Evaluation: Expected Outcomes FHR within normal range, without a loss of variability Absence of shock, demonstrated by stable maternal vital signs after initiation of treatment Demonstrates concern; asks questions

HYPERTENSIVE DISORDERS OF PREGNANCY Hypertensive disorders of pregnancy, which affect the placenta, are considered the most common medical complications of pregnancy, affecting 12% to 22% of all pregnancies. Classification Chronic Hypertension Hypertension that is present and observable before pregnancy or that is diagnosed before the 20th week of gestation. Preeclampsia and Eclampsia Preeclampsiadiagnosis is determined by increased BP accompanied by proteinuria. o BP increases are either systolic BP greater than or equal to 140 mm Hg or diastolic BP greater than or equal to 90 mm Hg. o Diastolic BP is determined as Korotkoff V (disappearance of sounds). o Gestational hypertension is confirmed based on two determinations of no more than 1 week apart. o Proteinuria is urinary excretion of greater than or equal to 0.3 g protein in a 24-hour specimen. A random test usually indicates greater than or equal to 30 mg/dL (1+ on dipstick); however, it is recommended that the diagnosis of proteinuria be determined by the 24-hour urine specimen method rather than the random test. o Preeclampsia is categorized as mild or severe. Severe preeclampsia criteria include: Systolic BP of greater than or equal to 160 mm Hg or diastolic BP of greater than or equal to 110 mm Hg differentiate between mild and severe forms. Proteinuria of greater than or equal to 2 g in 24 hours (2+ to 3+ on qualitative examination). Increased serum creatinine (greater than 1.2 mg/dL). Persistent headache or cerebral or vision disturbances. Persistent epigastric pain. Platelet count less than 100,000/mm3 or evidence of microangiopathic hemolytic anemia (with increased lactic acid dehydrogenase). HELLP syndrome Eclampsiahypertension with seizures in a preeclamptic patient that cannot be contributed to an underlying neurologic condition. Note: Eclampsia was previously referred to as toxemia because it was thought to be caused by toxins. The term eclampsia is more commonly used.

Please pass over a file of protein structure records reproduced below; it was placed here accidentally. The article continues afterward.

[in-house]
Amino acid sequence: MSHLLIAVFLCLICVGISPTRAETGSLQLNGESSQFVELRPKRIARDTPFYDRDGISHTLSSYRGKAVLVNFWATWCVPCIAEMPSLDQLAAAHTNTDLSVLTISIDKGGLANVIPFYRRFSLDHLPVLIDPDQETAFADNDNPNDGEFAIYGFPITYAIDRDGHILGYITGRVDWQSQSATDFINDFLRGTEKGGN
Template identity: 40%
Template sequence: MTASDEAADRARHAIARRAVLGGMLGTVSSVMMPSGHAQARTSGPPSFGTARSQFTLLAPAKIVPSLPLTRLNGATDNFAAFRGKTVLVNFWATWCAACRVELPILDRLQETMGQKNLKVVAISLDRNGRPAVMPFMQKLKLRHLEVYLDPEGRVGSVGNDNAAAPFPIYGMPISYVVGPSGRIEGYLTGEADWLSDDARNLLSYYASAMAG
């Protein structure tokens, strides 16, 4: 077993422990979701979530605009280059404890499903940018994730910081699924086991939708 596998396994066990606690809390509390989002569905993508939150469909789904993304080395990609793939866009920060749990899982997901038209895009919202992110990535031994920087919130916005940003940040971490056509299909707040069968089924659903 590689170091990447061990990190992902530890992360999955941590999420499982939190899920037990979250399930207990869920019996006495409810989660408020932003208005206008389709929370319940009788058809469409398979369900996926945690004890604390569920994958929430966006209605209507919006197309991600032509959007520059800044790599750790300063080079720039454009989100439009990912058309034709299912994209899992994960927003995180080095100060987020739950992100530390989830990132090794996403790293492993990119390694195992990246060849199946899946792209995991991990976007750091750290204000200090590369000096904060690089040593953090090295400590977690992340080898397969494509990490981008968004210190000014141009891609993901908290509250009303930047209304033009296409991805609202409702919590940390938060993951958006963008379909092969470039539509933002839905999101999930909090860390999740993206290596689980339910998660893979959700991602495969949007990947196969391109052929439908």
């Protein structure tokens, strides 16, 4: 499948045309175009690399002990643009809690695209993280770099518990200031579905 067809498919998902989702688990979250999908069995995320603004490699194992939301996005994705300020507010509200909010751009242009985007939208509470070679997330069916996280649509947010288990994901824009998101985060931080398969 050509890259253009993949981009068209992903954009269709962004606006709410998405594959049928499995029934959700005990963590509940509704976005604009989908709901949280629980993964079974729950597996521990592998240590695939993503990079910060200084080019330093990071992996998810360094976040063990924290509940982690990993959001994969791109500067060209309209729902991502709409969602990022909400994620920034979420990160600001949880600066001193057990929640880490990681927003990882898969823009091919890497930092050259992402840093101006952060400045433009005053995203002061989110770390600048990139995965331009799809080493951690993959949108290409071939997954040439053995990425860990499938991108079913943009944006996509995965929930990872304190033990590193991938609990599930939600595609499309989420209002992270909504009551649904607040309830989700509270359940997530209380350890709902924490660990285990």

Preeclampsia/Eclampsia Superimposed on Chronic Hypertension In women with hypertension and no proteinuria early in pregnancy (prior to 20 weeks' gestation) and new-onset proteinuria, defined as greater than or equal to 0.3 g protein in a 24-hour specimen. In women with hypertension and proteinuria before 20 weeks' gestation o Sudden increase in proteinuriagreater than or equal to 0.3 g protein in 24-hour specimen, or two dipstick tests of 2+ (100 g/dL), with values recorded at least 4 hours apart, with no evidence of urinary tract infection (UTI). o Sudden increase in BP in a woman whose BP was previously well controlled. o Thrombocytopenia (platelet count less than 100,000/mm 3). o Increase in ALT or AST to abnormal levels.

Gestational Hypertension BP elevation detected for first time in pregnancy, without proteinuria. This classification includes: o Women with preeclampsia syndrome who have not yet manifested proteinuria o Women who do not have the syndrome Final differentiation as to whether the woman had preeclampsia syndrome is determined postpartum. o If she does not develop preeclampsia and her BP has returned to normal by 12 weeks postpartum, the woman is given the diagnosis of transient hypertension of pregnancy. o However, if her BP remains elevated after 12 weeks' postpartum, the woman is given the diagnosis of chronic hypertension.

Therefore, the diagnosis of gestational hypertension is used during pregnancy only until a more definitive and specific diagnosis can be made during the postpartum period. Pathophysiology and Etiology Actual cause is unknown. Theories of the etiology include the exposure to chorionic villi for the first time, or in large amounts, along with immunologic, genetic, and endocrine factors. The disease is more commonly seen in primigravidas. Chronic hypertension, hydatidiform mole, multiple gestation, polyhydramnios, preexisting vascular disease, obesity, and diabetes mellitus may predispose a patient to preeclampsia. Adolescents (younger than age 17) and women older than age 35 are at higher risk. Multisystem disease with widespread vasospasms occur and result in increased resistance in vascular flow, increasing the arterial BP and causing endothelial damage. Stimulates platelet and fibrinogen use, causing hypoxic damage to vulnerable organ systems. Increased sensitivity to angiotensin II occurs before the onset of hypertension. Hemoconcentration occurs due to the vasoconstriction or as a result of increased vascular permeability or a combination of both. Will see increased hematocrit (not consistent with normal pathophysiology of pregnancy where hematocrit decreases). Decreased placental production of prostacyclin and increased thromboxane A2.